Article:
If you’re getting divorced in Canada and you or your spouse has a pension plan, you’ll want to know exactly how it is meant to be divided. After all, this is a source of continuous income, so it’s one of the most valuable assets you have.
In 1987, it was determined that those paying into the Canadian Pension Plan would need to split the credit that had built up evenly in half. This only happens, though, for marriages that last for a year or more.
The 50/50 split is often good for one spouse and bad for the other, depending on wages and the exact amount that was paid in. Unless this is identical and the amount of credit contributed on each side is therefore the same, one spouse is going to lose some of his or her credits, while the spouse that put in less will gain some of them.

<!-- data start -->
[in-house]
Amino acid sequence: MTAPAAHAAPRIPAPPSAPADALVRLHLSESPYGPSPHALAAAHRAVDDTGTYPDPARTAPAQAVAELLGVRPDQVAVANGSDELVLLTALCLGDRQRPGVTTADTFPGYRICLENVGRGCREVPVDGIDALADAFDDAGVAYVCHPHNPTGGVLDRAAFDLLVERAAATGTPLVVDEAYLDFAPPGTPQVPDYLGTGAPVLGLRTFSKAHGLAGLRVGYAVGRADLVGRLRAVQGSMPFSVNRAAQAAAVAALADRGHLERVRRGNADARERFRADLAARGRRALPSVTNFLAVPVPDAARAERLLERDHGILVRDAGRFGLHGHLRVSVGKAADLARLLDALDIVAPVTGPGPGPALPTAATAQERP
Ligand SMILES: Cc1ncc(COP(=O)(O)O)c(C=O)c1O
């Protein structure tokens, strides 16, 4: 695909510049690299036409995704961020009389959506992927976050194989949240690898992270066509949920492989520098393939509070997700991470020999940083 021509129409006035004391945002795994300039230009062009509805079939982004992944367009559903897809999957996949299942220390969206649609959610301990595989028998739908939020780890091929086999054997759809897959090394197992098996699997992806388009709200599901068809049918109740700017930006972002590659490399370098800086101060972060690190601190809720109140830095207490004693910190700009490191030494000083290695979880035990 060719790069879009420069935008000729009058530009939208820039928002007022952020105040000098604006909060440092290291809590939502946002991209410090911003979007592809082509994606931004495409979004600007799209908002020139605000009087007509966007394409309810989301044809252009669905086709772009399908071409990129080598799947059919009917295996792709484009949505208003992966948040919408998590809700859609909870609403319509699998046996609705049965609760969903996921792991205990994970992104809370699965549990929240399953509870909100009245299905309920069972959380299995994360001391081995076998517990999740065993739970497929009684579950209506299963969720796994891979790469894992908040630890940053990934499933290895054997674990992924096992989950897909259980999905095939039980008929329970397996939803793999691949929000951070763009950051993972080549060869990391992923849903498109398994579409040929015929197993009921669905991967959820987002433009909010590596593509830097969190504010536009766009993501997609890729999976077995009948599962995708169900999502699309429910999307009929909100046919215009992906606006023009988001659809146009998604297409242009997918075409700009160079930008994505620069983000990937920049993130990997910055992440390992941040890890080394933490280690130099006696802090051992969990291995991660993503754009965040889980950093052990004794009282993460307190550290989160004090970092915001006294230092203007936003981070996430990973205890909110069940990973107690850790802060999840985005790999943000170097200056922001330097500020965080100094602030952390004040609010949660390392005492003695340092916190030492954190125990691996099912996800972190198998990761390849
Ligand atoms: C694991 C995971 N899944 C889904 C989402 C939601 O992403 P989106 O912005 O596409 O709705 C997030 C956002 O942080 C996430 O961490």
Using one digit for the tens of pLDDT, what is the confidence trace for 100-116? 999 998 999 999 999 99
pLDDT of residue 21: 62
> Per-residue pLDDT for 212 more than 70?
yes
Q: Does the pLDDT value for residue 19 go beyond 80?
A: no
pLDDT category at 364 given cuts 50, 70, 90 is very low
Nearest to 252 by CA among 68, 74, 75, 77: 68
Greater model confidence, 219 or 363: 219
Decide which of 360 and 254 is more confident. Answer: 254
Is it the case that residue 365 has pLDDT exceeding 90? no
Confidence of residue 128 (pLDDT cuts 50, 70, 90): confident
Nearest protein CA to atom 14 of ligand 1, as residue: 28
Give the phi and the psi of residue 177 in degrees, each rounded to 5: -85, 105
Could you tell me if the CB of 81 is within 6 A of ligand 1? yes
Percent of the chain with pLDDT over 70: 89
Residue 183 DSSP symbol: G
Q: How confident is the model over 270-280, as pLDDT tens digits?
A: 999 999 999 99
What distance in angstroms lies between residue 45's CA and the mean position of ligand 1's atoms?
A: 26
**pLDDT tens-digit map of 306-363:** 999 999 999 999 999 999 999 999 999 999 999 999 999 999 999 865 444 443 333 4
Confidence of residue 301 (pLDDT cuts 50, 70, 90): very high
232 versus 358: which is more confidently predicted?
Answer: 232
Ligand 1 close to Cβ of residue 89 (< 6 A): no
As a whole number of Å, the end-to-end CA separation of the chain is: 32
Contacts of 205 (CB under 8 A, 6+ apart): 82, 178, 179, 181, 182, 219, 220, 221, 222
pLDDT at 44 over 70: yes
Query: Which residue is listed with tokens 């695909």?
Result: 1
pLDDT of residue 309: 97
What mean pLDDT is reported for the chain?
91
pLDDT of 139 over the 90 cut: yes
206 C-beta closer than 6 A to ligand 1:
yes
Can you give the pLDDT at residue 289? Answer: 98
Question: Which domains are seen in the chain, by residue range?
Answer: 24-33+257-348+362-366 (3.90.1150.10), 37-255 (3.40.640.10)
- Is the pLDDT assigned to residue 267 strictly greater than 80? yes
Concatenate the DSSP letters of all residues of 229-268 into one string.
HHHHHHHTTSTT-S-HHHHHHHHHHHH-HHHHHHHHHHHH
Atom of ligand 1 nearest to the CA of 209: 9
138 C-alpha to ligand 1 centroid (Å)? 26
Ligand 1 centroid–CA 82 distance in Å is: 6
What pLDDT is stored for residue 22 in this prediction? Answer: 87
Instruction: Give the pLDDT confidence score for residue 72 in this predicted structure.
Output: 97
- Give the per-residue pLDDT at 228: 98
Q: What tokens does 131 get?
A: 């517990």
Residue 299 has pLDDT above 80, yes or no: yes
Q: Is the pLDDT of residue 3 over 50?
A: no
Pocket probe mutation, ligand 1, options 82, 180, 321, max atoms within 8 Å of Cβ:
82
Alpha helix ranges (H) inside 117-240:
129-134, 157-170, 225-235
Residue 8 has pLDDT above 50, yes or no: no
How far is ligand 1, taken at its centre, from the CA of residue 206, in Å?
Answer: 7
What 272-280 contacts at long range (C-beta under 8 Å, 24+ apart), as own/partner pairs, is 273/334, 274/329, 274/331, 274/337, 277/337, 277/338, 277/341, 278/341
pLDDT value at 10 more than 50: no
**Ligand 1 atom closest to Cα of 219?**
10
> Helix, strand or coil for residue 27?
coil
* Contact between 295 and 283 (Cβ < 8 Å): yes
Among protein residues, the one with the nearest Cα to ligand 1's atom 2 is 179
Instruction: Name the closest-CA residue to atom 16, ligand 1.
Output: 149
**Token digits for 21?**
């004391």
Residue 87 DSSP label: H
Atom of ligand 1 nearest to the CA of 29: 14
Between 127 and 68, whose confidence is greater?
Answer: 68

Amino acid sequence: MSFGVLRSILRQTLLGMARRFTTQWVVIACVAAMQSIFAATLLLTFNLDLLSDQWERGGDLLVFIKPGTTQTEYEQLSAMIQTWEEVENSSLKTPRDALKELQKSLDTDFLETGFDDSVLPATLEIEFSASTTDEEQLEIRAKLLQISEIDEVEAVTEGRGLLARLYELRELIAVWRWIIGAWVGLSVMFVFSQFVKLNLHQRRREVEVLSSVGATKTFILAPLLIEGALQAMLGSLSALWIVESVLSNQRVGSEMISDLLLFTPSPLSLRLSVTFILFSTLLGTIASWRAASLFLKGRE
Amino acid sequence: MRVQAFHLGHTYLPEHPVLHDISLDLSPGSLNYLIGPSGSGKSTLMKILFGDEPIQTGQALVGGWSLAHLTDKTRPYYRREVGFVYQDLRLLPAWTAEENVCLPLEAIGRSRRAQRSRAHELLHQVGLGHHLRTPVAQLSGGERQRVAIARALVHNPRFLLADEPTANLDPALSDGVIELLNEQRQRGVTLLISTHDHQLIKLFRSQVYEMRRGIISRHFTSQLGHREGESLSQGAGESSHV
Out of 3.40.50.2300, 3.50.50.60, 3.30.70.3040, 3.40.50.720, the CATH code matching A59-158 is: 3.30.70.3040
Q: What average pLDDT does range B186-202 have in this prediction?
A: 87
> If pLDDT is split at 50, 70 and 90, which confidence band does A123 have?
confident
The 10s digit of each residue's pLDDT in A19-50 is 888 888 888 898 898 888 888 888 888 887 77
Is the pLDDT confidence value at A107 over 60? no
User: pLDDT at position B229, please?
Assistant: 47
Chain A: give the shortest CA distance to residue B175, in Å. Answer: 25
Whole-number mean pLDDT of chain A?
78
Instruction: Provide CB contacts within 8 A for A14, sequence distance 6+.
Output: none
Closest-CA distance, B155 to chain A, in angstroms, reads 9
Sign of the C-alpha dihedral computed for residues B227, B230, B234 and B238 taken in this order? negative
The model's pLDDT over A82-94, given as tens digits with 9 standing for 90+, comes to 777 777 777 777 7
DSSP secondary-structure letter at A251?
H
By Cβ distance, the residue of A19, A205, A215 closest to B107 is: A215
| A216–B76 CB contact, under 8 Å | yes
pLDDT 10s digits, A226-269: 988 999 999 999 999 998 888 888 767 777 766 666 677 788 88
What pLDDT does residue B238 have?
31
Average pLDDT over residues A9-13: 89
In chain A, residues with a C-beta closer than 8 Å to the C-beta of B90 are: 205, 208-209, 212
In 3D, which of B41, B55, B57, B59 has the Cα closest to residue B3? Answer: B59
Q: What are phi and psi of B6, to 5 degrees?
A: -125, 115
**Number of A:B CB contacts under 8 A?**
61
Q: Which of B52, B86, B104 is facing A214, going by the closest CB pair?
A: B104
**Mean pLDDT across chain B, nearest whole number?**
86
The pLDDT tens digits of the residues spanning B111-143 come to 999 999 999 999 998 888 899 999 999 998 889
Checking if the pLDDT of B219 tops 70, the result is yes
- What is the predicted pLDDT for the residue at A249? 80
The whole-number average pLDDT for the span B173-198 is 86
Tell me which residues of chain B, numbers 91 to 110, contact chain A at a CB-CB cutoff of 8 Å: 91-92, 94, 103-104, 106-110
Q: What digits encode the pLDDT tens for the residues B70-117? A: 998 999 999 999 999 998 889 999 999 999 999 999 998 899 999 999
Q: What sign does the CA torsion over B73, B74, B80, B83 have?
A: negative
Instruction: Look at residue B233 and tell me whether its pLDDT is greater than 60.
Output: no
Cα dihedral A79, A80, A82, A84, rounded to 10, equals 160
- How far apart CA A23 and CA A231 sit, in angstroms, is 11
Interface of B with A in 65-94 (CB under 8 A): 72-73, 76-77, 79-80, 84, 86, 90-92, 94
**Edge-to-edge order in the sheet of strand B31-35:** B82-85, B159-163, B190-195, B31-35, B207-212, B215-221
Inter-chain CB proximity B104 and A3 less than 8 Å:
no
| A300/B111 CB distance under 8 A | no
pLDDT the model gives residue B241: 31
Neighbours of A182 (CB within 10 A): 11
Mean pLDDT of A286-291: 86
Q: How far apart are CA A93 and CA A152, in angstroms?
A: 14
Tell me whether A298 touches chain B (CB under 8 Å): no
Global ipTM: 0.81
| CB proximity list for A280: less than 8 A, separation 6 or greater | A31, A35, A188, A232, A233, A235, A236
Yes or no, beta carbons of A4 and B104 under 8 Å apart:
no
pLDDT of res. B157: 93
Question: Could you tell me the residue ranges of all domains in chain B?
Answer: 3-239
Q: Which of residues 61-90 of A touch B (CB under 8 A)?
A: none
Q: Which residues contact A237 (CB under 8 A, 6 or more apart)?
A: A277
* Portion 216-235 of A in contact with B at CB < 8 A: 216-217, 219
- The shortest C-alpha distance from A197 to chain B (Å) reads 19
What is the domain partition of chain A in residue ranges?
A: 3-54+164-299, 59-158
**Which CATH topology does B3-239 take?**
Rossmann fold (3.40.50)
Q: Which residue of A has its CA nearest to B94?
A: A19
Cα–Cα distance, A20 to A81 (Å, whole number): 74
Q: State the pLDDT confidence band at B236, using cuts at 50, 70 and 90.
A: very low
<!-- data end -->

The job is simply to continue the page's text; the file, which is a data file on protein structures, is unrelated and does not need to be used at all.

Still, this is seen as a fair and legal way to divide the pensions since both people anticipated having the full amount when they got married. Dividing it means that they end up with as much support from the plan as they would have gotten, if they were still married.
For pension plans coming from employers and not the government, the court will just make a ruling. In general, this rarely goes over a total of 50 percent being given to the spouse who was not working for that company, though the court in British Columbia does have the power to make any ruling that is deemed fair.
Dividing assets can be complicated, so be sure you understand all of your rights.
Source: Brighter Life, “Who gets the pension in a divorce?,” Sheryl Smolkin, accessed April 23, 2015